Growing up in East Meadow, then Centereach, Christian Van Horn knew he could sing. Loudly. He’d sung in his church choir, and school musicals, where he quickly fell in love with the backstage camaraderie — and the numbers.
“It was 80 girls and four guys — just liked the odds,” he says, laughing.
On a whim, he took a few voice lessons while attending Stony Brook University. The teacher was so impressed with his raw ability that she suggested he could make a career as a professional opera singer. He’d never been to the opera. He never even listened to classical music.
Some 20 years later, Van Horn, 41, is a veteran bass-baritone and international opera star, who's appearing through April 3 in the Metropolitan Opera’s production of “La Cenerentola,” Gioachino Rossini’s raucous, comic take “Cinderella.” Tara Erraught is the downtrodden heroine, Javier Camarena plays her dashing prince, and Van Horn is Alidoro, replacing the traditional fairy godmother with a clever godfather of sorts.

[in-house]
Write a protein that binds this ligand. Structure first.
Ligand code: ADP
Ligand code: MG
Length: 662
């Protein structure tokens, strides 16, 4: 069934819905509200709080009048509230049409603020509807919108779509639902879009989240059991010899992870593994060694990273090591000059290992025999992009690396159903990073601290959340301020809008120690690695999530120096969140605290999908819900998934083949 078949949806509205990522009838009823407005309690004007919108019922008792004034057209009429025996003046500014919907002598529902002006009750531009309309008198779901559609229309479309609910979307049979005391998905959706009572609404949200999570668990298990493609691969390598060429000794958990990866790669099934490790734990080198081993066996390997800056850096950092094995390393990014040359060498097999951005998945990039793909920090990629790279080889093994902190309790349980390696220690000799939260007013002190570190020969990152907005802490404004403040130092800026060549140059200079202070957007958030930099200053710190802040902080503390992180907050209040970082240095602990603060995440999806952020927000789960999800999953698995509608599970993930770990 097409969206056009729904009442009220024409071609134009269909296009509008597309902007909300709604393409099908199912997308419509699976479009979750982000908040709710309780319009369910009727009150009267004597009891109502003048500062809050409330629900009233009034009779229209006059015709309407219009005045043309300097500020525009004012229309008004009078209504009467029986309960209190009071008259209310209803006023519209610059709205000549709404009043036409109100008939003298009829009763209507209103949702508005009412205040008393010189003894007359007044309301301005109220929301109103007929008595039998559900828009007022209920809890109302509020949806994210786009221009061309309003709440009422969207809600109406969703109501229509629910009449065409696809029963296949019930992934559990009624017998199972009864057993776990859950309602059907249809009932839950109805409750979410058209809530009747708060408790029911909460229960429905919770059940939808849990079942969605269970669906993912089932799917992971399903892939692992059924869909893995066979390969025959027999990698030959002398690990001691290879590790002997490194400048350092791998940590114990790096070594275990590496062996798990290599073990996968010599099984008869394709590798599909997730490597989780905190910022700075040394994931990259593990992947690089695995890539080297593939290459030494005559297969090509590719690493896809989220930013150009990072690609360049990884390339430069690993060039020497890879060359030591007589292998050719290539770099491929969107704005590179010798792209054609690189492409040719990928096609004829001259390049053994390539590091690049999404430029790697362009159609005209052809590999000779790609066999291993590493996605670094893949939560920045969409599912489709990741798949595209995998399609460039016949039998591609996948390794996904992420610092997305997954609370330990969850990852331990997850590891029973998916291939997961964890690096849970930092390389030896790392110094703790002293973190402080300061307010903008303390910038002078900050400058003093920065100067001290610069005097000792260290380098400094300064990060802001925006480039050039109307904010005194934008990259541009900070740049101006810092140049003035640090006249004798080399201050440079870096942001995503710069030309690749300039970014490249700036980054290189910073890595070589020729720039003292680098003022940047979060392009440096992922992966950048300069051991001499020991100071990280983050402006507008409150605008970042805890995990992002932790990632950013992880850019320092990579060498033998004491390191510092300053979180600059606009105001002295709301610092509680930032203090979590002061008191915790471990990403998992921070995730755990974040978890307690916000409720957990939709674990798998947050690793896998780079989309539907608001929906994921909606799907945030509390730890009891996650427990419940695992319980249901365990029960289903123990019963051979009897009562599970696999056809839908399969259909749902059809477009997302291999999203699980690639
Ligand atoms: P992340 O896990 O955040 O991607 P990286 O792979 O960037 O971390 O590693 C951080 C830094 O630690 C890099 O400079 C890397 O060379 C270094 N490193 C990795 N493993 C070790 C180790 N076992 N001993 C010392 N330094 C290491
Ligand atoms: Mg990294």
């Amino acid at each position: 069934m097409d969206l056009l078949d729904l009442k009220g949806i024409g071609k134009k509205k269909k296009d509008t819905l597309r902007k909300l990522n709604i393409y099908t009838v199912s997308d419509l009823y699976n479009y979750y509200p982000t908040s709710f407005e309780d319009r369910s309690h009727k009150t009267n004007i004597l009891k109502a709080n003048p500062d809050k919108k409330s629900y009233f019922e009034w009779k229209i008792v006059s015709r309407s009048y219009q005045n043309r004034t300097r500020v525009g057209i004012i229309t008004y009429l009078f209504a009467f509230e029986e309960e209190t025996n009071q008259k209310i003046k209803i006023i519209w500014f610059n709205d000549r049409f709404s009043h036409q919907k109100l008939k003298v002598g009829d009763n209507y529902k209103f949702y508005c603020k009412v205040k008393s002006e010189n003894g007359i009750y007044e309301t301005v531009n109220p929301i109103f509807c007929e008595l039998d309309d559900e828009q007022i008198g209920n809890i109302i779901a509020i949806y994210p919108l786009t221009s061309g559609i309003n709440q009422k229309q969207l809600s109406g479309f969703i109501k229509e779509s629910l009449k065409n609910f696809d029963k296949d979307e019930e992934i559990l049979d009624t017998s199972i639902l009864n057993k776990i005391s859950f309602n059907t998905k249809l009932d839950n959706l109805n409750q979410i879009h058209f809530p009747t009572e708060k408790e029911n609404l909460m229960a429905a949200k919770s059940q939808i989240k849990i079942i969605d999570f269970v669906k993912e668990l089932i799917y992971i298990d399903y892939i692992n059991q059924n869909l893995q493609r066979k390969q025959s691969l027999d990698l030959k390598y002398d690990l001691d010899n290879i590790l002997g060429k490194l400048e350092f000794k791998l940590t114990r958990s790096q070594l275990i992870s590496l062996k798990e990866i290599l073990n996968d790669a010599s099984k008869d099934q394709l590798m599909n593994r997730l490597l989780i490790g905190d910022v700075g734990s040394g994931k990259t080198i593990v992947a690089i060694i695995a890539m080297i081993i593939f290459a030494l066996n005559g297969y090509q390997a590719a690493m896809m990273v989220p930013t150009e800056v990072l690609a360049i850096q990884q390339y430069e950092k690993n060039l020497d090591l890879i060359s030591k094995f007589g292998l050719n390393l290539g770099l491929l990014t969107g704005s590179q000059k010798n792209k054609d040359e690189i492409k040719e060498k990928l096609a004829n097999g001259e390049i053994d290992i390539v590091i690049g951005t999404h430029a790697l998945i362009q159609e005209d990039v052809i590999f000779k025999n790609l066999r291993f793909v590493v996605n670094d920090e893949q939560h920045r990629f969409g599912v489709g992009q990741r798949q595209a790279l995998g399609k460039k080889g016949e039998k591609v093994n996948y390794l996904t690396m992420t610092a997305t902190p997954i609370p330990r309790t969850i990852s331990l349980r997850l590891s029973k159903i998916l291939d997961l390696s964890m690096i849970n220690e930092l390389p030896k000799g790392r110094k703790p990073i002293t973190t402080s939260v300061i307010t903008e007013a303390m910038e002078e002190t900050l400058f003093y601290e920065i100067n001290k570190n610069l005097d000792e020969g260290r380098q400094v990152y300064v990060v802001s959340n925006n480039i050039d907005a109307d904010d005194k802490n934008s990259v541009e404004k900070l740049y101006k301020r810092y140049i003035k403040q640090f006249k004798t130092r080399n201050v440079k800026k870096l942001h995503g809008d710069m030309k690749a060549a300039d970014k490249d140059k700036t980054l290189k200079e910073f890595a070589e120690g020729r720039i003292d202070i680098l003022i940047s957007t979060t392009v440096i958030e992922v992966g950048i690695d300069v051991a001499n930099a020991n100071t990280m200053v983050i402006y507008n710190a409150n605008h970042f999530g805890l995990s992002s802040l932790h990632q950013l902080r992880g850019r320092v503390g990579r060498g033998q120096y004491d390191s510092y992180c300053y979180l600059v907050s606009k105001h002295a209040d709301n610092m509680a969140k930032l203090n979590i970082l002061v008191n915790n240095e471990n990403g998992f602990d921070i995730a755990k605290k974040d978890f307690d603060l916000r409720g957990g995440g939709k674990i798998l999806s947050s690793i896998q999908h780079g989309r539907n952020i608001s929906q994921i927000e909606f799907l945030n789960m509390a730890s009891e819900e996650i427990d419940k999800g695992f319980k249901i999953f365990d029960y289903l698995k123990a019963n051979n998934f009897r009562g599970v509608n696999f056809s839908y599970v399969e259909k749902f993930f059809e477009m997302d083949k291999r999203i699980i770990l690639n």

“It’s a ton of fun, and a great way to introduce kids to opera,” says Van Horn, of the family-friendly show. “There’s a 15-foot cake onstage — everything is oversized and larger-than-life. And then there are moments of sheer beauty, with incredible singing.”
Now living outside Richmond, Virginia, with his wife and 5-year-old son, Van Horn admits his pursuit of music was relentless He studied with Richard Cross, an esteemed voice teacher at Stony Brook, Yale School of Music and the Juilliard School. “I drove him everywhere and spent as much time with him as I could,” he recalls.
Cross introduced him to recordings of renowned basses like Italian star Cesare Siepi (“I was blown away”), Bulgarian Nicolai Ghiaurov (“obsessed”) and American Sam Ramey (“the most recorded bass in the history of classical music”).
Van Horn always enjoyed music (especially Bob Dylan and Joan Baez growing up) but classical music offered something different, like the “Beethoven 9” symphony, which can bring him to tears. “I hadn’t felt that kind of emotion in any other music,” he says.
His parents were supportive, though Dad (a Grumman contractor and practical sort) suggested his son might want to consider getting a teaching degree as backup.
“But I didn’t,” says Van Horn. “I never looked back, never had a Plan B. I thought if I gave that an option then it would be an option, and I didn’t want it to be. I think I was so focused I willed this to happen.”
WHAT Rossini’s “La Cenerentola,” sung in Italian with English translation
WHEN | WHERE March 12-April 3, Metropolitan Opera, Lincoln Center, W. 64th street at Columbus Avenue
INFO $30 and up; metopera.org